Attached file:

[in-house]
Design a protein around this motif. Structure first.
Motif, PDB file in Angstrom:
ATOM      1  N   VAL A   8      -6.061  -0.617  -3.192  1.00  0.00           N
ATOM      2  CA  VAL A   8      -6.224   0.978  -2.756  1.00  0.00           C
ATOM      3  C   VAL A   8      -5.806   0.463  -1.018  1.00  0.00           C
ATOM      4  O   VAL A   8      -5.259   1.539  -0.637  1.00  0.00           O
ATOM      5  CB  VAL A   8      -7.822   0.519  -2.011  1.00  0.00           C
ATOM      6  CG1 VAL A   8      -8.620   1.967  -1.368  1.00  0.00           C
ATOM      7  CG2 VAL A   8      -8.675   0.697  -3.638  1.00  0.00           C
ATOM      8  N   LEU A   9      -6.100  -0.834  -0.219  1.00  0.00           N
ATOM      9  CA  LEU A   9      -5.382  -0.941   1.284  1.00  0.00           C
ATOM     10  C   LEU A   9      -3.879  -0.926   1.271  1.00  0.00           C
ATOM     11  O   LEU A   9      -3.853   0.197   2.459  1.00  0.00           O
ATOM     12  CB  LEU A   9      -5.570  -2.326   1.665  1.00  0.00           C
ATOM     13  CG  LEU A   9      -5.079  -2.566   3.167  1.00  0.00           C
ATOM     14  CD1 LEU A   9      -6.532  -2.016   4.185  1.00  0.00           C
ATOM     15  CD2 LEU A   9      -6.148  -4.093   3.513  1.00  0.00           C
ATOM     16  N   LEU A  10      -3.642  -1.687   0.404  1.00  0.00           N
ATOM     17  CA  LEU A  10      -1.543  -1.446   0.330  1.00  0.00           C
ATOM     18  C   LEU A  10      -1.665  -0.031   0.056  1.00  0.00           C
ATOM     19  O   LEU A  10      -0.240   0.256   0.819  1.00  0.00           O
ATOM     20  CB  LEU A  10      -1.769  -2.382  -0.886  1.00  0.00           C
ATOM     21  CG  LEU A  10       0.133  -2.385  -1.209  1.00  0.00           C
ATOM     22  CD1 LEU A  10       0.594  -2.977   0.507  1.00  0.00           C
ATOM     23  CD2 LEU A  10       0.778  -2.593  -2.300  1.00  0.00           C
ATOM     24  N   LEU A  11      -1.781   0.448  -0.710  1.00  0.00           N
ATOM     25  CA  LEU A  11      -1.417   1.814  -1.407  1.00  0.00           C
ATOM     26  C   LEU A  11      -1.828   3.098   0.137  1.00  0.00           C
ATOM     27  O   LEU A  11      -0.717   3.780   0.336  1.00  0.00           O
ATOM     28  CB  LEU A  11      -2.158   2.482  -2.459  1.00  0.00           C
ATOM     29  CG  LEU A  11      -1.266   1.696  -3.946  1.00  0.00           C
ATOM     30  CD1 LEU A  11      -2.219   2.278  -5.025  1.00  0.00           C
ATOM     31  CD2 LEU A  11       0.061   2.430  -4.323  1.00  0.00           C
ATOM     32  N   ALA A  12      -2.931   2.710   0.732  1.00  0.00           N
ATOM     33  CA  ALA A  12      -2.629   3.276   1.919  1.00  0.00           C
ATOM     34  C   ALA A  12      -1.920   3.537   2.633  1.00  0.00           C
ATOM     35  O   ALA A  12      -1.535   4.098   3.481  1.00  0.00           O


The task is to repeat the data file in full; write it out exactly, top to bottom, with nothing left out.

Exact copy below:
[in-house]
Design a protein around this motif. Structure first.
Motif, PDB file in Angstrom:
ATOM      1  N   VAL A   8      -6.061  -0.617  -3.192  1.00  0.00           N
ATOM      2  CA  VAL A   8      -6.224   0.978  -2.756  1.00  0.00           C
ATOM      3  C   VAL A   8      -5.806   0.463  -1.018  1.00  0.00           C
ATOM      4  O   VAL A   8      -5.259   1.539  -0.637  1.00  0.00           O
ATOM      5  CB  VAL A   8      -7.822   0.519  -2.011  1.00  0.00           C
ATOM      6  CG1 VAL A   8      -8.620   1.967  -1.368  1.00  0.00           C
ATOM      7  CG2 VAL A   8      -8.675   0.697  -3.638  1.00  0.00           C
ATOM      8  N   LEU A   9      -6.100  -0.834  -0.219  1.00  0.00           N
ATOM      9  CA  LEU A   9      -5.382  -0.941   1.284  1.00  0.00           C
ATOM     10  C   LEU A   9      -3.879  -0.926   1.271  1.00  0.00           C
ATOM     11  O   LEU A   9      -3.853   0.197   2.459  1.00  0.00           O
ATOM     12  CB  LEU A   9      -5.570  -2.326   1.665  1.00  0.00           C
ATOM     13  CG  LEU A   9      -5.079  -2.566   3.167  1.00  0.00           C
ATOM     14  CD1 LEU A   9      -6.532  -2.016   4.185  1.00  0.00           C
ATOM     15  CD2 LEU A   9      -6.148  -4.093   3.513  1.00  0.00           C
ATOM     16  N   LEU A  10      -3.642  -1.687   0.404  1.00  0.00           N
ATOM     17  CA  LEU A  10      -1.543  -1.446   0.330  1.00  0.00           C
ATOM     18  C   LEU A  10      -1.665  -0.031   0.056  1.00  0.00           C
ATOM     19  O   LEU A  10      -0.240   0.256   0.819  1.00  0.00           O
ATOM     20  CB  LEU A  10      -1.769  -2.382  -0.886  1.00  0.00           C
ATOM     21  CG  LEU A  10       0.133  -2.385  -1.209  1.00  0.00           C
ATOM     22  CD1 LEU A  10       0.594  -2.977   0.507  1.00  0.00           C
ATOM     23  CD2 LEU A  10       0.778  -2.593  -2.300  1.00  0.00           C
ATOM     24  N   LEU A  11      -1.781   0.448  -0.710  1.00  0.00           N
ATOM     25  CA  LEU A  11      -1.417   1.814  -1.407  1.00  0.00           C
ATOM     26  C   LEU A  11      -1.828   3.098   0.137  1.00  0.00           C
ATOM     27  O   LEU A  11      -0.717   3.780   0.336  1.00  0.00           O
ATOM     28  CB  LEU A  11      -2.158   2.482  -2.459  1.00  0.00           C
ATOM     29  CG  LEU A  11      -1.266   1.696  -3.946  1.00  0.00           C
ATOM     30  CD1 LEU A  11      -2.219   2.278  -5.025  1.00  0.00           C
ATOM     31  CD2 LEU A  11       0.061   2.430  -4.323  1.00  0.00           C
ATOM     32  N   ALA A  12      -2.931   2.710   0.732  1.00  0.00           N
ATOM     33  CA  ALA A  12      -2.629   3.276   1.919  1.00  0.00           C
ATOM     34  C   ALA A  12      -1.920   3.537   2.633  1.00  0.00           C
ATOM     35  O   ALA A  12      -1.535   4.098   3.481  1.00  0.00           O